Pattern of adverse drug reaction to antiepileptic drugs in a tertiary care hospital


  • Suchitra D. Akalu Department of Pharmacology, ESIC-MC and PGIMSR, Rajajinagar, Bengaluru, Karnataka, India
  • Niveditha G. Belavadi Department of Pharmacology, ESIC-MC and PGIMSR, Rajajinagar, Bengaluru, Karnataka, India



Antiepileptic drugs (AEDs), Carbamazepine, Drug reaction eosinophilia and systemic symptoms (DRESS), Phenytoin, Steven-Johnson syndrome


Background: Adverse drug reactions (ADRs) are a major cause of morbidity and mortality, and are the leading cause of hospital admission. The overall rate of ADRs is estimated to be 6.5% and 28% of these ADRs are preventable. Antiepileptic drugs (AEDs) are authorized for several therapeutic indications and are highly prescribed. ADRs due to AEDs range from minor maculopapular exanthem (MPE) to severe life-threatening reactions like Drug reaction eosinophilia and systemic symptoms (DRESS) and Stevens-Johnson syndrome (SJS). Objective of the study was to evaluate the pattern of ADRs reported with AEDs in an adverse drug reaction monitoring centre (AMC) of a tertiary care hospital.

Methods: Retrospective analysis of the records was done for a period 48 months from January 2013 to December 2016. During this period, all the ADRs caused by AEDs reported to the AMC were included in the study. The study evaluated the pattern of ADRs due to AEDs. The study also assessed the gender-wise distribution, predilection for various systems, causality, severity, and preventability of ADRs. Data was analysed using descriptive statistics.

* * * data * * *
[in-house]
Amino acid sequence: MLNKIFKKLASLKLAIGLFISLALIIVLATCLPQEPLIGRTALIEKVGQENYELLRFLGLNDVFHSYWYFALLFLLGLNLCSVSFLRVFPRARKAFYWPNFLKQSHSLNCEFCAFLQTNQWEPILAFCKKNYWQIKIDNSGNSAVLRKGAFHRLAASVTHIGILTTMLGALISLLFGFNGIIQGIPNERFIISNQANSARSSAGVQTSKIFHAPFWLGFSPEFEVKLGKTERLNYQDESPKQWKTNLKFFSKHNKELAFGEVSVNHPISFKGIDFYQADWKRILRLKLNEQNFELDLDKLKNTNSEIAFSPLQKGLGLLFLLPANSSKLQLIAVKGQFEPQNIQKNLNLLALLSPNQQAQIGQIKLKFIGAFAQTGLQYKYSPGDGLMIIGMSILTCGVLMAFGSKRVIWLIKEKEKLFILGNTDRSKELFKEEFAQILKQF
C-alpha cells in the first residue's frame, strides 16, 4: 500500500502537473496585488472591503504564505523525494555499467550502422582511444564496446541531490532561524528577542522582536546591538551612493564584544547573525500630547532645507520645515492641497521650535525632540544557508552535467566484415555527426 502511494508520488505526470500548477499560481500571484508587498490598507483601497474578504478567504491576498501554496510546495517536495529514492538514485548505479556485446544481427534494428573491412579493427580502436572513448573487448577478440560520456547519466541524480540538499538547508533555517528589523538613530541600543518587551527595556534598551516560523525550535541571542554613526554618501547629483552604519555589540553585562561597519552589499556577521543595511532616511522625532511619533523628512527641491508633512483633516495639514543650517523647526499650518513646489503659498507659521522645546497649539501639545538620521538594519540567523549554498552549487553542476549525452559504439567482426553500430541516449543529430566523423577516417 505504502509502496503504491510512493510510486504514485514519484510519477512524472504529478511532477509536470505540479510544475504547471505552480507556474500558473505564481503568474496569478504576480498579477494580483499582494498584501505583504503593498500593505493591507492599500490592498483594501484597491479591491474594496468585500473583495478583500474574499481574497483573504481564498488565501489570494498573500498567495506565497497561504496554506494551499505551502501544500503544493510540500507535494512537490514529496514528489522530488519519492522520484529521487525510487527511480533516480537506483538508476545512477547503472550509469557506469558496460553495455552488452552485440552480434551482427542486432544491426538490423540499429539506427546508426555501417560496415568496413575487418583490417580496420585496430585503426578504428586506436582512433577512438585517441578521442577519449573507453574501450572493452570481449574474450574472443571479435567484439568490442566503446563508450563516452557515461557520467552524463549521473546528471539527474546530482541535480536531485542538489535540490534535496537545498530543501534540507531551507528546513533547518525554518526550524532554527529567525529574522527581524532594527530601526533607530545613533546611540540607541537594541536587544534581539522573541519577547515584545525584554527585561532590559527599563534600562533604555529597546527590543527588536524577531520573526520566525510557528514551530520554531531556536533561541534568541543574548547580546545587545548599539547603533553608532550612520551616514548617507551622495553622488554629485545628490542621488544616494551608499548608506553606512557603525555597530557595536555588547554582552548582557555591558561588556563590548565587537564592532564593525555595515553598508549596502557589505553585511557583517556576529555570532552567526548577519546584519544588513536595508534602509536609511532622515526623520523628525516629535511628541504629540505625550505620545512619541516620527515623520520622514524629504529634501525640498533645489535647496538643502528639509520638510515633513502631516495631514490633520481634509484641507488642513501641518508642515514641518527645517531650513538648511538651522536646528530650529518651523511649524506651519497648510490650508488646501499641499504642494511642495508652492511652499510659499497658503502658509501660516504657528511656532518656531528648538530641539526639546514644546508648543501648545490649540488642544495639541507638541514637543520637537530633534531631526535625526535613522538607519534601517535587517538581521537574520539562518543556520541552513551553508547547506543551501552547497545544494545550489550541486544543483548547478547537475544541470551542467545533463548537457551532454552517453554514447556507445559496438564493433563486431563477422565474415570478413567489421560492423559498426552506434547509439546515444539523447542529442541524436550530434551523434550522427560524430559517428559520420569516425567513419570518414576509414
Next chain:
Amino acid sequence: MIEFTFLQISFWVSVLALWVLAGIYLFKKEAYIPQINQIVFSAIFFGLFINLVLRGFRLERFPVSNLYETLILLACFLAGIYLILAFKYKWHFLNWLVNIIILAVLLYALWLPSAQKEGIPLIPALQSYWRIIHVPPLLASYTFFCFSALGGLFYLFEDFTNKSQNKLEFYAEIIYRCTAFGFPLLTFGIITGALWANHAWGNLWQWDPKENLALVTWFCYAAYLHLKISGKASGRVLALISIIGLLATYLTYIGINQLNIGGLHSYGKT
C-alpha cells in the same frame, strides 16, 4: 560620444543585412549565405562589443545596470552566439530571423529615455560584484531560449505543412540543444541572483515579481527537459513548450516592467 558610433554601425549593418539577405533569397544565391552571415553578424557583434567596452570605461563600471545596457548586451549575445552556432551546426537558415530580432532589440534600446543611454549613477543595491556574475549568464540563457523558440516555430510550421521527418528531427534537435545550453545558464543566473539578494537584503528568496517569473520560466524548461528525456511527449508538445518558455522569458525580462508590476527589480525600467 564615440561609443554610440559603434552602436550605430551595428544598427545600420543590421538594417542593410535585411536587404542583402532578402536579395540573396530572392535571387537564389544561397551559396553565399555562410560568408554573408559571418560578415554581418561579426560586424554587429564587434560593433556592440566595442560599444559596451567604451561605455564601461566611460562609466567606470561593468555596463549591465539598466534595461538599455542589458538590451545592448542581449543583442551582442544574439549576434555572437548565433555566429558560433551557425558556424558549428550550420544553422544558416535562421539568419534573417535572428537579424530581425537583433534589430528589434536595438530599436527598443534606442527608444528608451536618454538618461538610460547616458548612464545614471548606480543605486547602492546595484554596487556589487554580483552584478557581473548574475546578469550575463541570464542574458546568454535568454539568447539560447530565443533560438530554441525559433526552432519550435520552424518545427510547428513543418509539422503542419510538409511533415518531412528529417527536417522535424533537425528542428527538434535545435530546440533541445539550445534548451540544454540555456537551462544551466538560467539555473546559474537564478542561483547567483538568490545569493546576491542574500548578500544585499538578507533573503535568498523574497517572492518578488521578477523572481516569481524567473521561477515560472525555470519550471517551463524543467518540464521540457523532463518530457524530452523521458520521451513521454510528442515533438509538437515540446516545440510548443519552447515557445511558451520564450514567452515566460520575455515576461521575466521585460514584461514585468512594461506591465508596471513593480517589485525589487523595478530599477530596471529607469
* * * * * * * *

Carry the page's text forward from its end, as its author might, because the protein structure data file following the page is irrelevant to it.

Results: A total of 319 ADRs were reported by spontaneous reporting during the entire study period. Out of the total 319 ADR reports received, antiepileptic drugs related ADRs were 35 (11%). Antiepileptic drugs which caused the ADRs included phenytoin, carbamazepine, clobazam and lorazepam. The most common system affected was dermatological (60%), followed by gastrointestinal system (17.14%), vascular system (11.42%), blood (5.8%), respiratory system (5.8%) and central nervous system (2.9%). Among the dermatological ADRs, SJS accounted for 11 cases of which 10 cases were due to phenytoin and one case was due to carbamazepine. DRESS syndrome due to phenytoin was documented in one case.

Conclusions: AEDs are the most commonly prescribed drugs for various indications. Uses of AEDs are accompanied by ADRs which vary from mild rashes and itching to SJS and DRESS/TEN. Post-marketing surveillance of the AEDs is important for compliance, therapeutic efficacy and ultimately safety of the patient.


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How to Cite

Akalu, S. D., & Belavadi, N. G. (2017). Pattern of adverse drug reaction to antiepileptic drugs in a tertiary care hospital. International Journal of Basic & Clinical Pharmacology, 6(9), 2219–2223.



Original Research Articles